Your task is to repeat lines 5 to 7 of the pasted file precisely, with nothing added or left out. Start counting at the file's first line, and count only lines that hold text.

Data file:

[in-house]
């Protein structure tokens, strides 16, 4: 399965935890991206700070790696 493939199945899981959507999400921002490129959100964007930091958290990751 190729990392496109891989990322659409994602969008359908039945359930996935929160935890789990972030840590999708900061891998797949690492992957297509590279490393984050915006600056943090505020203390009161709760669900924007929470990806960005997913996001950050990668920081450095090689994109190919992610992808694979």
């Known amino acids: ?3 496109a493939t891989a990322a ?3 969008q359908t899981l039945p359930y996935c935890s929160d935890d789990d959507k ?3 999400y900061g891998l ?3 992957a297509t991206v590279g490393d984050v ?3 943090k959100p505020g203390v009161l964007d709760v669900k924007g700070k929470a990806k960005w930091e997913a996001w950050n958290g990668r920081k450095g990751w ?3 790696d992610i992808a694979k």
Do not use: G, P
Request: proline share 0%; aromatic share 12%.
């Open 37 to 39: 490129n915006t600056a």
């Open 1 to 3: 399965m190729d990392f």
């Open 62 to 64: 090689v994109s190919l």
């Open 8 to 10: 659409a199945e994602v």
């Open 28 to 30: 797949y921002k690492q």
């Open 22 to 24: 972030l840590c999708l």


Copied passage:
Request: proline share 0%; aromatic share 12%.
């Open 37 to 39: 490129n915006t600056a």
């Open 1 to 3: 399965m190729d990392f």